One legend says that a monk in a desolated monastery somewhere between Cordoba and Sevilla had a vision of a little boy, telling him to pray. The monk had spent several hours praying and then he made a figure of the child.[2]

The Habsburg Royal family took over rule of the Kingdom of Bohemia in 1526; the kingdom developed close ties with Spain. The statue first appeared in 1556, when Maria Manriquez de Lara y Mendoza brought the image to Bohemia upon her marriage to Czech nobleman Vratislav of Pernstyn. An old legend in the Lobkowicz family reports that María's mother, Dona Isabella, had been given the statue by Saint Teresa of Avila herself.[3] Maria received the family heirloom as a wedding present. It later became the property of her daughter Polyxena, 1st Princess Lobkowicz (1566–1642).[4] In 1628, Princess von Lobkowicz donated the statue to the Discalced Carmelite friars (White Friars).[5]

Upon presenting it, the pious princess Polyxena is said to have uttered a prophetic statement to the religious:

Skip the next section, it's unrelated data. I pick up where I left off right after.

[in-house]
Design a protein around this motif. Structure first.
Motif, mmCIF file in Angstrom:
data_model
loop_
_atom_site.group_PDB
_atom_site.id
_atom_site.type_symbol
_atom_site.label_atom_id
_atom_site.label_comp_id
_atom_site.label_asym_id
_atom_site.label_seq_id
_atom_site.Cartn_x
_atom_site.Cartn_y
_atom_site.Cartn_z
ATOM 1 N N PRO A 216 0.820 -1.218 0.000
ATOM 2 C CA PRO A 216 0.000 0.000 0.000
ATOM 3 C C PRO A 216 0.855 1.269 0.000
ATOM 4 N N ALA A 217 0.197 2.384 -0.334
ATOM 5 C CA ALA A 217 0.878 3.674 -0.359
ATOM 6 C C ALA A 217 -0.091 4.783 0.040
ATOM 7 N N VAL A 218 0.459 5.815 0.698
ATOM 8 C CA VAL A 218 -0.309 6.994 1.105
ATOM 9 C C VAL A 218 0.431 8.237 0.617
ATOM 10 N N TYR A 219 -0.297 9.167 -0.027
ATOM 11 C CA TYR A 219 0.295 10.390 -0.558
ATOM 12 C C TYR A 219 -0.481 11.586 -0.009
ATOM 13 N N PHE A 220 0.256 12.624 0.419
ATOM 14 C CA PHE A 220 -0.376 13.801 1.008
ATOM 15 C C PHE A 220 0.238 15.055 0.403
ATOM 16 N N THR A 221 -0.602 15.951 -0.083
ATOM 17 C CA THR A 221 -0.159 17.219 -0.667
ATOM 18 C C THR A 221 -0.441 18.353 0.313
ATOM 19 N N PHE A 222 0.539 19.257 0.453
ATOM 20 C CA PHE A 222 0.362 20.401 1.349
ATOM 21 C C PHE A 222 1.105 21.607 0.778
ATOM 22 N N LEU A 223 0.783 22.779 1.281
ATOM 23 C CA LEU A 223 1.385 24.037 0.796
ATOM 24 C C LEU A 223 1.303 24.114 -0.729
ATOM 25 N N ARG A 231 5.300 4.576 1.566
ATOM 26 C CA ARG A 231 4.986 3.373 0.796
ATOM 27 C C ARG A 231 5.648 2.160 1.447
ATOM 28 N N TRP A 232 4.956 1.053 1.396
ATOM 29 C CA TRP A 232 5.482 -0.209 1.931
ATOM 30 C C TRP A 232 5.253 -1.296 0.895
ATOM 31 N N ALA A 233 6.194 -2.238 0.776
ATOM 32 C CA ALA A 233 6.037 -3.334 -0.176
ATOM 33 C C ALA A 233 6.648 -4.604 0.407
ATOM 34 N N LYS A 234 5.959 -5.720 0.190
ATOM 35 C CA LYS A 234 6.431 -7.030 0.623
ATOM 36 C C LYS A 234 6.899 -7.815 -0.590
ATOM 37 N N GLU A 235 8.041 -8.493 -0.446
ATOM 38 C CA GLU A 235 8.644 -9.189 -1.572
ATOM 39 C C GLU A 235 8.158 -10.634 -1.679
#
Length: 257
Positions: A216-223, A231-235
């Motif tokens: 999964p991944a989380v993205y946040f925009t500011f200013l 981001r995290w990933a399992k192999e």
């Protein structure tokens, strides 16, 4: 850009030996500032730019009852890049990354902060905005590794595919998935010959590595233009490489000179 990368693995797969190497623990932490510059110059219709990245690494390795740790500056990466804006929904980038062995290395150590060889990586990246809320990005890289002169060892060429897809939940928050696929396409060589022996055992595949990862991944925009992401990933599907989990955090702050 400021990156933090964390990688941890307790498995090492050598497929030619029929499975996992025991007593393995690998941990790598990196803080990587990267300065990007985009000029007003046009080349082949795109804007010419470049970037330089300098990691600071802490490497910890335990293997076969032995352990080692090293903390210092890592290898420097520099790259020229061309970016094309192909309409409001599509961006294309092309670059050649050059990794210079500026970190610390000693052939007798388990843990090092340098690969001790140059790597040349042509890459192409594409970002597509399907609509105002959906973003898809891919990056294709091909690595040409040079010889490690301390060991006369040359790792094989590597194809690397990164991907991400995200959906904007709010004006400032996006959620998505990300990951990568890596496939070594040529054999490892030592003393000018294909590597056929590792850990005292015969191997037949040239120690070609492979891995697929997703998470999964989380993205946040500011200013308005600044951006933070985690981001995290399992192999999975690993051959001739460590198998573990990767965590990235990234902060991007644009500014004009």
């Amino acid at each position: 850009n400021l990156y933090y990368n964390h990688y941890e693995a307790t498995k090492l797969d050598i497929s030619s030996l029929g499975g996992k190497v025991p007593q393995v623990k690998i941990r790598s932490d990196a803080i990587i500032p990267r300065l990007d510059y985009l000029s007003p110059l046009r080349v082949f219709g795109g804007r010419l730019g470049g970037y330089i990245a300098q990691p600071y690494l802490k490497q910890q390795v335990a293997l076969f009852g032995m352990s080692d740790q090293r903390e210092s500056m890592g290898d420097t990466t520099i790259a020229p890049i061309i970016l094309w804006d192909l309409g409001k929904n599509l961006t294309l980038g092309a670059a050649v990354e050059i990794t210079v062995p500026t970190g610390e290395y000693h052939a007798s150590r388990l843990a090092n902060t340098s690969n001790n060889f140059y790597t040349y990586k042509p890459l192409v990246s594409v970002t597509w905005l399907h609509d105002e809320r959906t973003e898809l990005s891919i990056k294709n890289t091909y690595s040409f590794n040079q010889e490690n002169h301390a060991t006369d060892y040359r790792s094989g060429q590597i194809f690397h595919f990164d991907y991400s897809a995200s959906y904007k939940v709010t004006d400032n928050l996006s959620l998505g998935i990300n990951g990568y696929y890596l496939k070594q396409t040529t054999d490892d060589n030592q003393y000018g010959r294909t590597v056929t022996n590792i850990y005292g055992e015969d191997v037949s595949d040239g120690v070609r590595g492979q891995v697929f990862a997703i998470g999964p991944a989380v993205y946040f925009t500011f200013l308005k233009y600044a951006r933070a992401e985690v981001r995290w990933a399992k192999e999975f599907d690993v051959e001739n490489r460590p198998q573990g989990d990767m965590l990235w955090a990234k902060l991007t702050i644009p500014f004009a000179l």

Venerable Fathers, I bring you my dearest possession. Honour this image and you shall never want.[4]

The statue was placed in the oratory of the monastery of Our Lady of Victory, Prague, where special devotions to Jesus were offered before it twice a day. The Carmelite novices professed their vow of poverty in the presence of the Divine Infant. Upon hearing of the Carmelites' devotions and needs, the Emperor Ferdinand II of the House of Habsburg sent along 2,000 florins and a monthly stipend for their support.

The elaborate shrine which houses the wax-wooden statue. Church of Our Lady Victorious, Mala Strana, Prague, Czech Republic.

In 1630, the Carmelite

  • Official website of the Infant Jesus of Prague
  • Infant Jesus of Prague on Prague-wiki
  • Davies, O.Carm., Peter. "The Miraculous Infant Jesus of Prague"

External links

  1. ^ Yeh, Charito. "The History of the Devotion"
  2. ^ "Prague Infant Jesus (Niño Jesus de Praga)",
  3. ^ M. Santini: The Holy Infant of Prague. Martin, Prague, 1995
  4. ^ a b c Cruz OCDS, Joan Carroll, Miraculous Images of Our Lord, TAN Books and Publishers, Inc, 1995 ISBN 0-89555-496-8
  5. ^ a b c Ball, Ann. "A Handbook of Catholic Sacramentals," Our Sunday Visitor Publishing Division, Our Sunday Visitor.
  6. ^ Wong, Anders, "History of the Infant Jesus of Prague"
  7. ^ "The statue of Infant Jesus of Prague", Our Lady of Victory Church
  8. ^ a b Davies, O.Carm., Peter. "The Miraculous Infant Jesus of Prague"
  9. ^ McGowan, Joe, "The Child of Prague" at Irish Culture and Customs
  10. ^ "Devotion History", Infant Jesus Shrine, Bangalore
  11. ^ National Shrine of the Infant Jesus of Prague
  12. ^ "Child of Prague", Czech Republic, Land of Stories